The Wonderful Story of the Clock


brainpickings-pisapendulum
How the clock Gave Rise to the Modern Tyranny and how it powered the Industrial Revolution and sparked the Information Age

Imagine first how one invention triggers the invention of something else that triggers another…

“Johannes Gutenberg’s printing press created a surge in demand for spectacles, as the new practice of reading made Europeans across the continent suddenly realize that they were farsighted; the market demand for spectacles encouraged a growing number of people to produce and experiment with lenses, which led to the invention of the microscope, which shortly thereafter enabled us to perceive that our bodies were made up of microscopic cells. You wouldn’t think that printing technology would have anything to do with the expansion of our vision down to the cellular scale, just as you wouldn’t have thought that the evolution of pollen would alter the design of a hummingbird’s wing. But that is the way change happens.” -Steven Johnson

‘There is something so poetic about Galileo inventing split-second time for the public on a private scale of decades.

‘”Accurate clocks, thanks to their unrivaled ability to determine longitude at sea, greatly reduced the risks of global shipping networks, which gave the first industrialists a constant supply of raw materials and access to overseas markets. In the late 1600s and early 1700s, the most reliable watches in the world were manufactured in England, which created a pool of expertise with fine-tool manufacture that would prove to be incredibly handy when the demands of industrial innovation arrived, just as the glassmaking expertise producing spectacles opened the door for telescopes and microscopes. The watchmakers were the advance guard of what would become industrial engineering.”…’
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Mark Twain on Slavery and How Religion Is Used to Justify Injustice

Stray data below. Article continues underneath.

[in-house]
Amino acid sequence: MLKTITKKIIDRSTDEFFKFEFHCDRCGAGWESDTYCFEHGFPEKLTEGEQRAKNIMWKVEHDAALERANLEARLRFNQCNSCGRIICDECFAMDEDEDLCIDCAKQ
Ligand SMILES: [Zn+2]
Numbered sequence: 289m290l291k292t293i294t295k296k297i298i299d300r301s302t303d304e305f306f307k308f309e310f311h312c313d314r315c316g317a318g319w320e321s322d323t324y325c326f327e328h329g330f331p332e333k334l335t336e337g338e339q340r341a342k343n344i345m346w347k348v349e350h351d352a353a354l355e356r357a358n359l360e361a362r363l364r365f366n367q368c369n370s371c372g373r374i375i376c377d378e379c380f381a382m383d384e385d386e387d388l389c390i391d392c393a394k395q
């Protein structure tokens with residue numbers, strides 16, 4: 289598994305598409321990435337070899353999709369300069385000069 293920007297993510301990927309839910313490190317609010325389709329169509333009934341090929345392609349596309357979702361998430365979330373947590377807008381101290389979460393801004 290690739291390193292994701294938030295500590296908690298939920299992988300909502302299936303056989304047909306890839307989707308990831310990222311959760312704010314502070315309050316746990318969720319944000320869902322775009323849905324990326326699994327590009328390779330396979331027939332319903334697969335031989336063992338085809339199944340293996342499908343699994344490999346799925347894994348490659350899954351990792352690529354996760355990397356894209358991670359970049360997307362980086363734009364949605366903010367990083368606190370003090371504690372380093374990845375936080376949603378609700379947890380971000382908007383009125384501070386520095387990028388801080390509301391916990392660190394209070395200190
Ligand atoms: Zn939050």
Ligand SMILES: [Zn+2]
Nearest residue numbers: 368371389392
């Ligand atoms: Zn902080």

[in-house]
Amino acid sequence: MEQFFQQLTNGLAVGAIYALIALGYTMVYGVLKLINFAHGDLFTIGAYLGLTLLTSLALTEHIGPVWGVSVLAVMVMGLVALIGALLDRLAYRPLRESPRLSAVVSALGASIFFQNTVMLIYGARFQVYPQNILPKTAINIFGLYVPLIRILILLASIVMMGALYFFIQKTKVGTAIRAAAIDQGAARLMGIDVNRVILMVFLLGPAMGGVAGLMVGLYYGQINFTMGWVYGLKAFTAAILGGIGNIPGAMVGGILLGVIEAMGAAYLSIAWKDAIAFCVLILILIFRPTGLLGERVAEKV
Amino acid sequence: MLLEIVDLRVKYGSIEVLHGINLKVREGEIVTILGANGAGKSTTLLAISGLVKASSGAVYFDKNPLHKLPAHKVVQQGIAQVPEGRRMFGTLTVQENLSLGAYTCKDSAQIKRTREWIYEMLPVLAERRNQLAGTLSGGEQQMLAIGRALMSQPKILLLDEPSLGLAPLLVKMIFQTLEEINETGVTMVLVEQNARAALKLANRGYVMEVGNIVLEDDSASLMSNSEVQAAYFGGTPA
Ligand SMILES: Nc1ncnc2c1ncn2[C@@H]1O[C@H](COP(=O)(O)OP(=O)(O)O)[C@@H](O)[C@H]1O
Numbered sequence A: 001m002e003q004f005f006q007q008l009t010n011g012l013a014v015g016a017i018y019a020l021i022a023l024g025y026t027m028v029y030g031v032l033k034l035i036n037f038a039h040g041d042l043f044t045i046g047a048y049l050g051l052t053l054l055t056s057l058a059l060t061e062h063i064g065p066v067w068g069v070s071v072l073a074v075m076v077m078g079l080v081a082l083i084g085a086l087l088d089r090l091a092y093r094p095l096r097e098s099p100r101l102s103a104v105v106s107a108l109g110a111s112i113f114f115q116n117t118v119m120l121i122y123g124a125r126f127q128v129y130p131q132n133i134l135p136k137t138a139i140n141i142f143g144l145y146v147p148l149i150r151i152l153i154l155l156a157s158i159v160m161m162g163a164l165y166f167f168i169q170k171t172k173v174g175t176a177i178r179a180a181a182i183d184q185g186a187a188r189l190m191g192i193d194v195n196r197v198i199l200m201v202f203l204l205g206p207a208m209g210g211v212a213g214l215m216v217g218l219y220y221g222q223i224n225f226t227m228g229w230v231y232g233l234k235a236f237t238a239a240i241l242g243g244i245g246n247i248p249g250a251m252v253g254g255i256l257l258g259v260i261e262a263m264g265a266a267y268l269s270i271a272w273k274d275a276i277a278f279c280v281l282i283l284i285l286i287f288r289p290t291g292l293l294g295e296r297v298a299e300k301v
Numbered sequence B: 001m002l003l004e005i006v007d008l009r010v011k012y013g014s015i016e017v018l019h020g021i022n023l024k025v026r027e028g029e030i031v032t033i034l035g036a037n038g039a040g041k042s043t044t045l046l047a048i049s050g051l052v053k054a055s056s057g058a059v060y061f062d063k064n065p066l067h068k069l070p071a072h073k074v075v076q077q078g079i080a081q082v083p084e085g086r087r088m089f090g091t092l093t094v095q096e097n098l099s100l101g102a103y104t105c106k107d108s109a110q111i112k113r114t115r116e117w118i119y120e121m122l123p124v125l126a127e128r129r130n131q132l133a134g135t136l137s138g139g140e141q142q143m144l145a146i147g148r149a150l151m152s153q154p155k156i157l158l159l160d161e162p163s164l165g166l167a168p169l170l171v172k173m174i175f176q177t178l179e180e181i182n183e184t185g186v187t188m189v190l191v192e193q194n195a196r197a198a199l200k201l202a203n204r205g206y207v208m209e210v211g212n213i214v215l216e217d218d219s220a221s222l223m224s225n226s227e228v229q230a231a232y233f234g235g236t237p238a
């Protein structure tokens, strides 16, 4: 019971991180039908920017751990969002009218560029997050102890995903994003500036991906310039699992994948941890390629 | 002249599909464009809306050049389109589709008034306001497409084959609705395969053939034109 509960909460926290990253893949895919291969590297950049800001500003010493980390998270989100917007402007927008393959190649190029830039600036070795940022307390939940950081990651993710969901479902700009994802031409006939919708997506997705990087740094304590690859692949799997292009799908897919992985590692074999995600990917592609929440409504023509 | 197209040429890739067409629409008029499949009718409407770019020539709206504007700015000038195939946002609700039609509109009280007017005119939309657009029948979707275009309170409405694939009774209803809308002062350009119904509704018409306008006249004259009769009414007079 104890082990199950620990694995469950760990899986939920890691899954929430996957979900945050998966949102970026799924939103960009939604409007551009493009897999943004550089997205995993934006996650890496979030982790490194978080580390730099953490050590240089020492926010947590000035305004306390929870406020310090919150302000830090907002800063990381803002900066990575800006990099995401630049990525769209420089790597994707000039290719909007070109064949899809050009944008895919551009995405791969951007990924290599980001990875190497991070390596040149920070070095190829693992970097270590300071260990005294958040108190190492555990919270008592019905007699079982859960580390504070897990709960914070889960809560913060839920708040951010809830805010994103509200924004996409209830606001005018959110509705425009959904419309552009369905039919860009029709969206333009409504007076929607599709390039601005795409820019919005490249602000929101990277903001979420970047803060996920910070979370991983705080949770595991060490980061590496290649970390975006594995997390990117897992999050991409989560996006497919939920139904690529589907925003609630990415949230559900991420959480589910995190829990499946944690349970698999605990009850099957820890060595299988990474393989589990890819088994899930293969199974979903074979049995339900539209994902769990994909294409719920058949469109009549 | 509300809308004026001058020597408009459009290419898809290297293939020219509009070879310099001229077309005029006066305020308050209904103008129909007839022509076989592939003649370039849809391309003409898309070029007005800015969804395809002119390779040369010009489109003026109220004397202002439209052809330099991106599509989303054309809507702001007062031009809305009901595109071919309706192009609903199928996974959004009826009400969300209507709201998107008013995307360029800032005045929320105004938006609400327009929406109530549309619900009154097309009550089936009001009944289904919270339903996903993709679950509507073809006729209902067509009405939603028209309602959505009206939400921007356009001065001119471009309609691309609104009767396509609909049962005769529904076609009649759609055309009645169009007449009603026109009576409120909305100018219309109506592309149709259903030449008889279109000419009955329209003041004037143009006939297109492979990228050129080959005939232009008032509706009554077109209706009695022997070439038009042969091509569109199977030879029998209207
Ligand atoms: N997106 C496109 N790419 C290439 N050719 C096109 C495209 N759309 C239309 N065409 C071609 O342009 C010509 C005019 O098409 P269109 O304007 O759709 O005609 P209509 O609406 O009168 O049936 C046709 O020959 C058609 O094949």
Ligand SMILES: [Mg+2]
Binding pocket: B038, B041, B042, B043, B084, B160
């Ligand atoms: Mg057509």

If this isn’t proof that Mark Twain wasn’t racist….
‘Half a century before “African American” came into popular use as a politically dignified term, Twain recounts his childhood friendships with black slaves:

‘”…I have not seen him for more than half a century, and yet spiritually I have had his welcome company a good part of that time, and have staged him in books under his own name and as ‘Jim,’ and carted him all around — to Hannibal, down the Mississippi on a raft, and even across the Desert of Sahara in a balloon — and he has endured it all with the patience and friendliness and loyalty which were his birthright. It was on the farm that I got my strong liking for his race and my appreciation of certain of its fine qualities. This feeling and this estimate have stood the test of sixty years and more and have suffered no impairment. The black face is as welcome to me now as it was then.”…’
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About DigitalPlato

Poch is a Bookrix author and a freelance writer. He is a frequent contributor to TED Conversations.
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